Qualitative disorders of consciousness affect the clarity of consciousness, i.e. That is, the contents of consciousness are changed and the clarity of consciousness is reduced.

Qualitative disturbances of consciousness in addition to the applicable level of consciousness all forms of consciousness narrowing and consciousness shift and augmentation .

  • Of clouding of consciousness is called in confusion of thought and action, d. H. lack of clarity in visualizing the experience in one's own area or in the environment with confusion in thinking and acting. These include disorientation, anxiety, hallucinations, disturbances in the sleep-wake cycle and vegetative disorders that can be life-threatening. Action and communication are disturbed. A clouding of consciousness can exist constantly and thus be continuous, but it can also only occur temporarily (“fragmented consciousness”).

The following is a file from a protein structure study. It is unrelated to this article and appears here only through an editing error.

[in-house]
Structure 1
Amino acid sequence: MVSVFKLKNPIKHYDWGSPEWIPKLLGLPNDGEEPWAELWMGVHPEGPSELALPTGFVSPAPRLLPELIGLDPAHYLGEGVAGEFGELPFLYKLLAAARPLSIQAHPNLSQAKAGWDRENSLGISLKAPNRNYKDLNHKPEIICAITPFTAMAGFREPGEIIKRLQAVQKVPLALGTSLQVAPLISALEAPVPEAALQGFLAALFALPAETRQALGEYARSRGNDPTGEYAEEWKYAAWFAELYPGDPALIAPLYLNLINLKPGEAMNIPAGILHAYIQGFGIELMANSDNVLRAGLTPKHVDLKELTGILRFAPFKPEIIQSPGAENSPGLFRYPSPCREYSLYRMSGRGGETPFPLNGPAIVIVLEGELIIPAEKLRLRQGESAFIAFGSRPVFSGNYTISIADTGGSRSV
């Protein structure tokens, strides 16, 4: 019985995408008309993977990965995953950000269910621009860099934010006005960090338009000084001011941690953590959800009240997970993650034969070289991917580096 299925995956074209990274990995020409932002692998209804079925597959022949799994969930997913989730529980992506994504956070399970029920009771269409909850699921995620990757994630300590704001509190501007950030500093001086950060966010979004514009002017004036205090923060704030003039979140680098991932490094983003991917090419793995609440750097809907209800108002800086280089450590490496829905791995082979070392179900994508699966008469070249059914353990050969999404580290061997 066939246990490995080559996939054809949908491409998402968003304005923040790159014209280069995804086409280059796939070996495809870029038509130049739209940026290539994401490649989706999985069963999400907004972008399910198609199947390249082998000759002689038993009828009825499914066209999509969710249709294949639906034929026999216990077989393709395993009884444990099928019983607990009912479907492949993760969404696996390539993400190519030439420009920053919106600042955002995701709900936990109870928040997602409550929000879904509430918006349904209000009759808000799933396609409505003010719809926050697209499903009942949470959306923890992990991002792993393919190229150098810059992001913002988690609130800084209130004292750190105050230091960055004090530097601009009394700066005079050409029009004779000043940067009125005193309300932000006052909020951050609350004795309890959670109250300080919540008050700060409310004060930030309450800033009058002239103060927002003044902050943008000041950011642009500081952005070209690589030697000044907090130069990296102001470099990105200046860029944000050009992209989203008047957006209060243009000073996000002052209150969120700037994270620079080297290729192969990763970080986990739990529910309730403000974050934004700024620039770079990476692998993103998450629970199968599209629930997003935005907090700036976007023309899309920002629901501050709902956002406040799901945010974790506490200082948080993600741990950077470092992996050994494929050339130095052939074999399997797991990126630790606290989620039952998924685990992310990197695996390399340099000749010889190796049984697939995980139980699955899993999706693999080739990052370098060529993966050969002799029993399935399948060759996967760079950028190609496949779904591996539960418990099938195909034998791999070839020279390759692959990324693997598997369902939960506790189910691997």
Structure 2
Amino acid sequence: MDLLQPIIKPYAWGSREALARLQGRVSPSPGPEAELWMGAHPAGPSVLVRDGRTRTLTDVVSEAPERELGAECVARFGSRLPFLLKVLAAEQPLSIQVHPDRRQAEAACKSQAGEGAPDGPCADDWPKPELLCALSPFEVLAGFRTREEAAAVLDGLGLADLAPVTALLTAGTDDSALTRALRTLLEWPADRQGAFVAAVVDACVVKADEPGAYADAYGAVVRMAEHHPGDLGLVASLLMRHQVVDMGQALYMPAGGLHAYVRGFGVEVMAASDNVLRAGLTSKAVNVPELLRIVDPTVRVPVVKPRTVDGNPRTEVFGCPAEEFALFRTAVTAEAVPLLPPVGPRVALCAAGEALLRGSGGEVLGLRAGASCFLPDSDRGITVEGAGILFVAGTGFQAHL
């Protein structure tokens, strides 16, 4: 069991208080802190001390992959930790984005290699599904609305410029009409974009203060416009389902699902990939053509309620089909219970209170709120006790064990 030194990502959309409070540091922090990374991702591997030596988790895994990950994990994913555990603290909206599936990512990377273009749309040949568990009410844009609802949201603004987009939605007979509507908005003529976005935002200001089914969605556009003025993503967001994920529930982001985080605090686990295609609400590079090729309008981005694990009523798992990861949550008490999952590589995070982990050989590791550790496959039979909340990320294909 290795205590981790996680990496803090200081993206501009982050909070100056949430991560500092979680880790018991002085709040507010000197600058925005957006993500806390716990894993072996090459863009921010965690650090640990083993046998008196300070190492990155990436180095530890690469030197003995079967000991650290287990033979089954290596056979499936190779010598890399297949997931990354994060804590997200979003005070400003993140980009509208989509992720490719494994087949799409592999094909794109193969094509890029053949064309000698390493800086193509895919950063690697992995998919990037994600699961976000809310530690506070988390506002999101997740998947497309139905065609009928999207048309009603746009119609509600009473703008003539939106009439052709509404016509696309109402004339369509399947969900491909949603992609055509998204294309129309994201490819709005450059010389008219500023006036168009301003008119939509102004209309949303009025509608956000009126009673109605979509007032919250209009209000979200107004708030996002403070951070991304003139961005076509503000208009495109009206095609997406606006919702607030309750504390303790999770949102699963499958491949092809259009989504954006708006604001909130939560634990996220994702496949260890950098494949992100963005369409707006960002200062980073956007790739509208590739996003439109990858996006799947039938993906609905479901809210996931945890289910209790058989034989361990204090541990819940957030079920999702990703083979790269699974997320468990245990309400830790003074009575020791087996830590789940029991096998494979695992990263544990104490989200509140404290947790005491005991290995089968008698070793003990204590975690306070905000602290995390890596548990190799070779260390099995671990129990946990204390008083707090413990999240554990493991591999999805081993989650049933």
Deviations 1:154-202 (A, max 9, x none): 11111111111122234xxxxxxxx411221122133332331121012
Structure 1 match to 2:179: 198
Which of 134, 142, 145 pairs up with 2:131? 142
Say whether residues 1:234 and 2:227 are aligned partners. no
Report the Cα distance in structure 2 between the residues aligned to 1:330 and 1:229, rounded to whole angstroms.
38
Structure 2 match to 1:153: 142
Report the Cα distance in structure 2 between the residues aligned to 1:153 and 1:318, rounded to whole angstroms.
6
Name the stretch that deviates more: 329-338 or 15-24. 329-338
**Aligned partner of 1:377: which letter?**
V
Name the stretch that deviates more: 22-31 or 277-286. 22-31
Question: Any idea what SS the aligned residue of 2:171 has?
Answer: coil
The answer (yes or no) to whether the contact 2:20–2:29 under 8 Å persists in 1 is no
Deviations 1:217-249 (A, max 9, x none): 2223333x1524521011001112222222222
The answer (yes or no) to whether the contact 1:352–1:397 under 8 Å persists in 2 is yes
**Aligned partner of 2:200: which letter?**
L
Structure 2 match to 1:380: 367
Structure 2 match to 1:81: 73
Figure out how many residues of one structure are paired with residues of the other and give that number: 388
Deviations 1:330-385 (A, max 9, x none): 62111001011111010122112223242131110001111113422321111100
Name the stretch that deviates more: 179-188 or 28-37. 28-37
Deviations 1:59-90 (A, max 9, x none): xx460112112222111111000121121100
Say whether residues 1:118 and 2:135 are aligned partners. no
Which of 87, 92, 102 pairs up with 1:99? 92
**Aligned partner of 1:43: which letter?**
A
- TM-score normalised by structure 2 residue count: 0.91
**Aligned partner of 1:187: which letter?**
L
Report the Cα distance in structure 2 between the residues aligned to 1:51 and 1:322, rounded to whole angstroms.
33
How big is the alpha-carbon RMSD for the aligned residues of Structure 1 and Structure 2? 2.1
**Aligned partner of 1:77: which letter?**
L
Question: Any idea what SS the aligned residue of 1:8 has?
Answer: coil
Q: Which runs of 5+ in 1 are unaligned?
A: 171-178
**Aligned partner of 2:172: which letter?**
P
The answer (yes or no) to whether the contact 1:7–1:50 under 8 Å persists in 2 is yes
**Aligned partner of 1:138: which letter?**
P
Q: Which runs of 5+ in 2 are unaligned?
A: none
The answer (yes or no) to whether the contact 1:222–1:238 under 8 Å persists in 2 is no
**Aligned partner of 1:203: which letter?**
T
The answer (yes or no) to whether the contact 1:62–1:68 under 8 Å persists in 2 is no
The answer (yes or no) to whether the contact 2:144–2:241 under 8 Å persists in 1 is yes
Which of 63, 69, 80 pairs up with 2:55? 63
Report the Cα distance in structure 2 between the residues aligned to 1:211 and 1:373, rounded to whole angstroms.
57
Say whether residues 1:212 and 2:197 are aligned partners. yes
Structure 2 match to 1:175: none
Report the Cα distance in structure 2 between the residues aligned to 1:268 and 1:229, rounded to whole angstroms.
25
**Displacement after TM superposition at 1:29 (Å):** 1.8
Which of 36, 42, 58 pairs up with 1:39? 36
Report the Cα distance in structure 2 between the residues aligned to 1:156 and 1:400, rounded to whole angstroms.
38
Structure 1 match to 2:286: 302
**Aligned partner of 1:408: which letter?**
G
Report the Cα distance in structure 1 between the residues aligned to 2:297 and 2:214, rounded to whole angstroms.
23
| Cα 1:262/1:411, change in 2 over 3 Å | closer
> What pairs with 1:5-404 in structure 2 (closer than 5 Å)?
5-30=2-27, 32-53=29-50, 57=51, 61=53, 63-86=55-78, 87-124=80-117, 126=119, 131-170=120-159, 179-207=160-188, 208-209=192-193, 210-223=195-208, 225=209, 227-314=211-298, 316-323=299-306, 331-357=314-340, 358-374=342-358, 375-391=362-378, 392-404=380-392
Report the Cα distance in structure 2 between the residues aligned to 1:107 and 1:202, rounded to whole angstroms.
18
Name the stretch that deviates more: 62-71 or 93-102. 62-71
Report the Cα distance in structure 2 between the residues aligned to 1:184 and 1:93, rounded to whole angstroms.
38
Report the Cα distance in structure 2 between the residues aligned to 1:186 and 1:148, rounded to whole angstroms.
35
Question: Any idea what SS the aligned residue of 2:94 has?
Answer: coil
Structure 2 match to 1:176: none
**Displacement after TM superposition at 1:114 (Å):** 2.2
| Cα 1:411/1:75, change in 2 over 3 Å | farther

• A narrowing of consciousness consists in an experience-related, mental or emotional fixation on an aspect of the experience with the result of reduced responsiveness , a shifted state of consciousness and amnesia. The person is not disoriented. This state begins and usually ends within a short time.
    Occurrence : after epileptic seizures, traumatic brain injuries, brain inflammation or in pathological intoxication.